Dear Mr. Dyer: Padilla is a bad egg. Had he gone much farther down the road, I think he would have succeeded in maiming or killing someone, just as he wanted. But he was arrested in May 2002, held as a material witness, then declared an enemy combatant in June 2002 by Geo W., then held in a Navy brig until January 2006, when he was suddenly tossed into the civilian criminal court system, and only now is convicted. His appeals will go on for ages. How much fear did this process strike into the hearts of our enemies? Or do they now think it was Moe, Larry, and Shemp who were in charge? Mr. Horton is being disingenuous in bawling thoughtcrime, unless he is prepared to dismiss the application to join al-Qaeda as forged. Yet why should it have taken all this time to dispose of this case? Three and a half years to squeeze all he knew out of him? I'll grant you freely that the problem of what to do with terror fighters, let alone terror wannabes, is thorny. But Geo W. has had five years, and presumably a sizable assortment of top legal and clandestine talent to help him grapple with these issues. This result doesn't seem worth the mighty heaving and grunting that preceded it. I'll also concede that there is a great deal going on behind the scenes that none of us know about. But given this Administration's record, what is hidden is as likely to dismay as delight us. Like you, I pray that our team can keep the rest of us safe from this real menace. But I'd feel better if there were more John O'Neills, doing there admittedly flawed damnedest to get the job done. Gloomily, I wonder instead if the home team is full of Valerie Plames and Richard Armitages, and George Tenets. O'Neill was squeezed out of the FBI, and died in the World Trade Center on 9/11. Tenet and Company have their book deals and notoriety and the possibility of jobs in the next Democratic administration. Would we have won World War II if we had fought it this way?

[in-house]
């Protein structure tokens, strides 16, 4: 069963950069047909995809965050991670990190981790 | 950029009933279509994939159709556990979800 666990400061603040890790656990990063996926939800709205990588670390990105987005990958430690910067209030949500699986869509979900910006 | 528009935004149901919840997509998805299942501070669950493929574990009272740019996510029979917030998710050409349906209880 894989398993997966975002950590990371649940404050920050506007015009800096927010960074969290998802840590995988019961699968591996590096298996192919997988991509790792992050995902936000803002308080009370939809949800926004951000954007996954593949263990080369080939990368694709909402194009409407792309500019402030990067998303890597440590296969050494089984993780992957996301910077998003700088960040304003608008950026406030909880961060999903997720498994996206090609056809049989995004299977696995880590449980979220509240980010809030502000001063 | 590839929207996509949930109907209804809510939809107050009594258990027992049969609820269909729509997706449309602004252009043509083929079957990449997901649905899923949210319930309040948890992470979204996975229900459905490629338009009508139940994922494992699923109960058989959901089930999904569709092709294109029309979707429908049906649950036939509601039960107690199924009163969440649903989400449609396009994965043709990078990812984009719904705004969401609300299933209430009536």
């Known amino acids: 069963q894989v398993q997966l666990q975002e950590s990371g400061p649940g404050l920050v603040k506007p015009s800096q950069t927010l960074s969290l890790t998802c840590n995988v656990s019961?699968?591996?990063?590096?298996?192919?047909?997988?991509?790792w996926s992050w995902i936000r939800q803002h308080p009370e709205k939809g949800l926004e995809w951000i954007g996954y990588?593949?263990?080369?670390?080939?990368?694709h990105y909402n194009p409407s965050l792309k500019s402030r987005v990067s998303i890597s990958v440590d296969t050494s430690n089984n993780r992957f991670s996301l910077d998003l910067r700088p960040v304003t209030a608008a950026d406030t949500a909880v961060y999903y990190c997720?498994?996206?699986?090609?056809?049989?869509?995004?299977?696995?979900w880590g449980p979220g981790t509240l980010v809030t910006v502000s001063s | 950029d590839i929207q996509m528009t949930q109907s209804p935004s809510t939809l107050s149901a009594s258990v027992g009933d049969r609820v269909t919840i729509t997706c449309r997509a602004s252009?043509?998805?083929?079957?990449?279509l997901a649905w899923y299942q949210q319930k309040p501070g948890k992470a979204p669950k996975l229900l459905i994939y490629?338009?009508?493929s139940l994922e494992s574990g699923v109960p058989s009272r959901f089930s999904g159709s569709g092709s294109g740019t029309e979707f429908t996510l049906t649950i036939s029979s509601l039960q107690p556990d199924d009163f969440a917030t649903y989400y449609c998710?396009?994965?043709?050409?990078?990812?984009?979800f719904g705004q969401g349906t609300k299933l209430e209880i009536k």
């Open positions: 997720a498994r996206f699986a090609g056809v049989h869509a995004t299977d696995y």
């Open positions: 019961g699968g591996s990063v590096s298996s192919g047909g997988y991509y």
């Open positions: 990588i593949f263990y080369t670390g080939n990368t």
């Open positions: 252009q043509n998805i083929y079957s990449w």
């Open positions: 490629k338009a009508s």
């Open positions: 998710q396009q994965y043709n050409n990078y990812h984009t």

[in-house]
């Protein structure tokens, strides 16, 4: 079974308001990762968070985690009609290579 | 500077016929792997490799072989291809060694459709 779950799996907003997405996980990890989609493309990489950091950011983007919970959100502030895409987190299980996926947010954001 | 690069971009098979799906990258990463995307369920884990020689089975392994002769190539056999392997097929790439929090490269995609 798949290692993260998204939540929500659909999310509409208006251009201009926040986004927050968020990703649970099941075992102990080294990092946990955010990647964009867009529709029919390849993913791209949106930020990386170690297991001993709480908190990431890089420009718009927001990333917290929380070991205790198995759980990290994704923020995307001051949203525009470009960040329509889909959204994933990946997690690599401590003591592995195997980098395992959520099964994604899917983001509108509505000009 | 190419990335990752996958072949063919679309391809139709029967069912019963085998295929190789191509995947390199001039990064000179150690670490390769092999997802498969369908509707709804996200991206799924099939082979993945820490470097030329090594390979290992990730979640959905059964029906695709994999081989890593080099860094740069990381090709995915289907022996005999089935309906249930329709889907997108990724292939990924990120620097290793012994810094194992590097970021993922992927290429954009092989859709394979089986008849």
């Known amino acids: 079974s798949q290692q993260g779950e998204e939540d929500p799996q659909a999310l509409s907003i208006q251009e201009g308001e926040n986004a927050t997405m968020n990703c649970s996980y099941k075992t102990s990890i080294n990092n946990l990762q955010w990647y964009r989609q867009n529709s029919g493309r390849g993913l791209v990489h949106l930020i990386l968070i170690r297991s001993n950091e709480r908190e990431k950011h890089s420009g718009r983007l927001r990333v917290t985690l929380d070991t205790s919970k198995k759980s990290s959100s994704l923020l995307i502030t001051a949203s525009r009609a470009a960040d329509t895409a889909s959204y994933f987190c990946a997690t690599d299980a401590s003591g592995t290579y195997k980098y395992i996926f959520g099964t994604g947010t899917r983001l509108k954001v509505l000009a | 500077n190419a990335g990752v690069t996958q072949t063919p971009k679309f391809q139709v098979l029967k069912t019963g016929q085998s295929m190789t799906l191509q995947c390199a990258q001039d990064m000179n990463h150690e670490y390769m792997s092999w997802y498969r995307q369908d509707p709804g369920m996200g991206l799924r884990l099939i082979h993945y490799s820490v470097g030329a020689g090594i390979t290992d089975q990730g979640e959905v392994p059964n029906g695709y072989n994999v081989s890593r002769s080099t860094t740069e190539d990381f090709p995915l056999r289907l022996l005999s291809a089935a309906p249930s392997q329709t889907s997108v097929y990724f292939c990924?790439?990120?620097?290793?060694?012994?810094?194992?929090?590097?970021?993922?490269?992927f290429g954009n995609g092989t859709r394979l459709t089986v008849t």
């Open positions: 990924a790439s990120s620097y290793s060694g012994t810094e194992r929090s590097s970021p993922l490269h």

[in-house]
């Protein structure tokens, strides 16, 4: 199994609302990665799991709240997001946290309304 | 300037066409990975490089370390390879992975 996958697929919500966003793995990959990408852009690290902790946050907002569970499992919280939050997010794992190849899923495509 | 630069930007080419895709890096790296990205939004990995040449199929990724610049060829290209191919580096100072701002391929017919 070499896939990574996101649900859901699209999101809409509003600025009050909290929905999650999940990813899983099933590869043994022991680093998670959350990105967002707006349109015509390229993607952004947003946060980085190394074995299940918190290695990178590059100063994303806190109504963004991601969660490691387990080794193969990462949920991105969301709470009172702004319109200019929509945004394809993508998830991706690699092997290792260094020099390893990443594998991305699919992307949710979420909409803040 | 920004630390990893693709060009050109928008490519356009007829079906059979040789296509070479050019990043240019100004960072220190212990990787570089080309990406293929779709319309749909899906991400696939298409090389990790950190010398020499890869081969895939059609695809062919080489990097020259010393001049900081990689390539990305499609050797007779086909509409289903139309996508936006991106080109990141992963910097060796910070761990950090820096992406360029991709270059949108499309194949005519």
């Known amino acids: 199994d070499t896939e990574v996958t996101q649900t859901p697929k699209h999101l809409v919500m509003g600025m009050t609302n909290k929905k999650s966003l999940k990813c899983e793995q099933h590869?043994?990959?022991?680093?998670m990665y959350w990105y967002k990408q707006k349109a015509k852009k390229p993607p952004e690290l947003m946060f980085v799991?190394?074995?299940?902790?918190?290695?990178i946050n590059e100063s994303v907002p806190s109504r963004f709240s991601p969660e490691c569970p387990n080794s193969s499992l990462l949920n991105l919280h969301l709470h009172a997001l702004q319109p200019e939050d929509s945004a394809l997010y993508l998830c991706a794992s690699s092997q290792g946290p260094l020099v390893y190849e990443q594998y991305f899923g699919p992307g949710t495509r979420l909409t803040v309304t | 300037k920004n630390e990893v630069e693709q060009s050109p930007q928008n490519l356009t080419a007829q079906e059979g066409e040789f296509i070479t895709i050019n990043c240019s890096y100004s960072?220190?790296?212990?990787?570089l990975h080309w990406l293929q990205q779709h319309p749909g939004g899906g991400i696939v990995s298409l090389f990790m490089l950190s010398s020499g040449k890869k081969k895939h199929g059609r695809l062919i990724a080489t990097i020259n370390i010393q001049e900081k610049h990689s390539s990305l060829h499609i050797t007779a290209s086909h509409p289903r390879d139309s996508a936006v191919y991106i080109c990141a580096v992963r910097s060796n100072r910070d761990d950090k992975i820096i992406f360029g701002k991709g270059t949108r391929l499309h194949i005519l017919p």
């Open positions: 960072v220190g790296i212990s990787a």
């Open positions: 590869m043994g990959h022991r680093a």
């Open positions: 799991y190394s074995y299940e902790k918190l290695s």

Sincerely yours,
Gregory Koster